Reconciliation is an accounting process that proves and documents that account balances are in agreement. It's a fundamental account process that ensures the actual money spent matches the money leaving an account at the end of a fiscal period. This is especially important for businesses and individuals to inspect fraudulent activity and to prevent financial statement errors.
At the end of every fiscal month and quarter, it's a good idea to reconcile an account. When reconciling an account, businesses and individuals prove that every transaction sums to the correct ending account balance. Generally, there are two ways to reconcile an account: reviewing documents and reviewing analytics.
Documentation review is a common process of accounting reconciliation. This process reviews the appropriate amount for each transaction and determines whether the amount in the account matches the actual amount spent. For example, suppose a responsible individual keeps all of his receipts and likes to make sure that the money he spent is going to the right places. He notices that he was charged 20 times on numerous occasions on his credit card bill.
These charges are small, and he neglects them assuming they are lunch expenses. Then, he inspects the company charging his credit card and realizes he does not have any receipts from this company. He calls his credit card company to dispute this and finds that his credit card information is compromised due to a criminal who gathered his information from a business he shops at regularly. The credit card company and the business reimburse him for the incorrect charges. This active account reconciliation allowed the individual to cancel his credit card and stop all fraudulent activity.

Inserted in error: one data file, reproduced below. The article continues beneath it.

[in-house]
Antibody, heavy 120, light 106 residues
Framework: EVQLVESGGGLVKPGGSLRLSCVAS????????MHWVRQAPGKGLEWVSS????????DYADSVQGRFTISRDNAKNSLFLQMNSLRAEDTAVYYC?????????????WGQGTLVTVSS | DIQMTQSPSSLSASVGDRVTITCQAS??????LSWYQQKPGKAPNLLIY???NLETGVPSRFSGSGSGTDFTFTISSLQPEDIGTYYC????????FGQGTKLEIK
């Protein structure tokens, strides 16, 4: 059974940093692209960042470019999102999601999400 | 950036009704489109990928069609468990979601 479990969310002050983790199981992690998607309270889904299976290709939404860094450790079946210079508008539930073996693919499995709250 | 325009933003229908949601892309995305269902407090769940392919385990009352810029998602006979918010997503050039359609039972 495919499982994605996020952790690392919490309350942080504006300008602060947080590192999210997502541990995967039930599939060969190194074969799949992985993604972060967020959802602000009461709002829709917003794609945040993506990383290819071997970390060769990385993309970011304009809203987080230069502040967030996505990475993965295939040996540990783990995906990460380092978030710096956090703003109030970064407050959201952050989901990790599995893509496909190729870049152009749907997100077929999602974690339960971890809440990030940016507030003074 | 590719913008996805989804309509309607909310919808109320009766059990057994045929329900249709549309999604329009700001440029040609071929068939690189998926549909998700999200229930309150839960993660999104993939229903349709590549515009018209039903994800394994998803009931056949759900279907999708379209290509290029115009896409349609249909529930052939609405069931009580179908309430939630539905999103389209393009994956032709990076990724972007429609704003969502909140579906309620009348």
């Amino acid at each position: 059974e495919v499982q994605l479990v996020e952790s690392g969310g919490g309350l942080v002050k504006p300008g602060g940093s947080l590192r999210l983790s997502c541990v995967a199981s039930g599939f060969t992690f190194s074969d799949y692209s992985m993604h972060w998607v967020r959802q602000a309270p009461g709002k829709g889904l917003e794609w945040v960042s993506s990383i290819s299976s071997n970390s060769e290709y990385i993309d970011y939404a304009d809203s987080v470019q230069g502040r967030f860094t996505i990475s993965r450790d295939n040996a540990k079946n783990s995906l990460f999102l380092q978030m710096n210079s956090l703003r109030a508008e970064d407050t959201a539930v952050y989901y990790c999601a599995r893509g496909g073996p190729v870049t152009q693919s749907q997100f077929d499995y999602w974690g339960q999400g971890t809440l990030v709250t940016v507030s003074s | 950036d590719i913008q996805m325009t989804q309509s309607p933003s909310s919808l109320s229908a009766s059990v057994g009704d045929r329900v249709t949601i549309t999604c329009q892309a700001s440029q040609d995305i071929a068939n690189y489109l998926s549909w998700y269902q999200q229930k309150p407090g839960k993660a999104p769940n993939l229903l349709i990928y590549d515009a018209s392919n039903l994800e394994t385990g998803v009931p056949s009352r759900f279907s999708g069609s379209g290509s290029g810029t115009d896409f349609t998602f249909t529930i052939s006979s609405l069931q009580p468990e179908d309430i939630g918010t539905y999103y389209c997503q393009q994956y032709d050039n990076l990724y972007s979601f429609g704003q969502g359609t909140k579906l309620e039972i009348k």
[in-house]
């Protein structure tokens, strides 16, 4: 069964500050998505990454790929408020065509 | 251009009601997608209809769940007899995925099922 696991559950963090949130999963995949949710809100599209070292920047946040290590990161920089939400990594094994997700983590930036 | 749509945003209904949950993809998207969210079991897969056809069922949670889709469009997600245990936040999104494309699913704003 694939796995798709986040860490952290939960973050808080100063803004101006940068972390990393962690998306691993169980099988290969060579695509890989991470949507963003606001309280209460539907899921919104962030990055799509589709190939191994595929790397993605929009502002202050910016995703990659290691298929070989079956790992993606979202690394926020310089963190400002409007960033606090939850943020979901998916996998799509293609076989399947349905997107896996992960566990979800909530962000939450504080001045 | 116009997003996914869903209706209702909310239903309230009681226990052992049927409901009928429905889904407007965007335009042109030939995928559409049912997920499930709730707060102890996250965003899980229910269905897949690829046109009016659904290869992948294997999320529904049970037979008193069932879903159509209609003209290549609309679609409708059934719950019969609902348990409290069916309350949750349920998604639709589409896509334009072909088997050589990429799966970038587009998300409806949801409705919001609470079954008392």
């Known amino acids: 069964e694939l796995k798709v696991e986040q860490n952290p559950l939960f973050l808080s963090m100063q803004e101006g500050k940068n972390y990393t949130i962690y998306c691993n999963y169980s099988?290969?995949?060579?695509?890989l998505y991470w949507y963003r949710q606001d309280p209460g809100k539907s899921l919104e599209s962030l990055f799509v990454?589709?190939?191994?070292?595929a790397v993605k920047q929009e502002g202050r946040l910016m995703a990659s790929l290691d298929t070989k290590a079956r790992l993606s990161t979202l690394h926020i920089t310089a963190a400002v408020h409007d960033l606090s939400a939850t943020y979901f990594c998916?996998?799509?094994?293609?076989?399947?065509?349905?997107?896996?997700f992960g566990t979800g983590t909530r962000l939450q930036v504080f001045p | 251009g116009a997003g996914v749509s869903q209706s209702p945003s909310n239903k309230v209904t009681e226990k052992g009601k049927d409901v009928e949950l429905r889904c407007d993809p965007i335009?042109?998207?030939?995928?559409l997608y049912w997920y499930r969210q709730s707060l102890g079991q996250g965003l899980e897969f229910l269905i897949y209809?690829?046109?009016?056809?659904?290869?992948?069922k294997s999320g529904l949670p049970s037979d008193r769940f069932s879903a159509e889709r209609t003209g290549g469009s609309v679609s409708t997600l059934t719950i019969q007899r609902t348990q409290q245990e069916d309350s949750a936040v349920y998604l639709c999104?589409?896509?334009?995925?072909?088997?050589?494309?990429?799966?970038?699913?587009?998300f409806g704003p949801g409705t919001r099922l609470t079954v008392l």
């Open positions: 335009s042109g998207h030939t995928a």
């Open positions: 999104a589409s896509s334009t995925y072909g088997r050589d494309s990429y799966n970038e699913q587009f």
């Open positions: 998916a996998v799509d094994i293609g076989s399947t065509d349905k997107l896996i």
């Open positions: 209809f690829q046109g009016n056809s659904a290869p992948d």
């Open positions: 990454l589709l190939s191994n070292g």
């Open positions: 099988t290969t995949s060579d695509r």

Analytics review is another common process that individuals or business can use for reconciling an account. Under this process, businesses estimate the actual amount that should be in the accounts based on previous account activity levels. This process is important for businesses to check for fraudulent activity or balance sheet errors.
For example, real estate investment company ABC purchases approximately five buildings per fiscal year, based on previous activity levels. The company reconciles its account every year to check for any discrepancies. This year, it notices that the estimated amount of its expected account balance is off by one whole figure. Based on previous account activity and purchasing, it estimates that its accounts payable should be $5 million. The actual accounts payable balance is $48 million for the year, which is a major discrepancy in its balances. The accountant of company ABC reviews its balance sheet and finds that the bookkeeper entered an extra zero at the end of its accounts payable by accident. The accountant adjusts the accounts payable to $4.8 million, which is approximately the estimated accounts payable.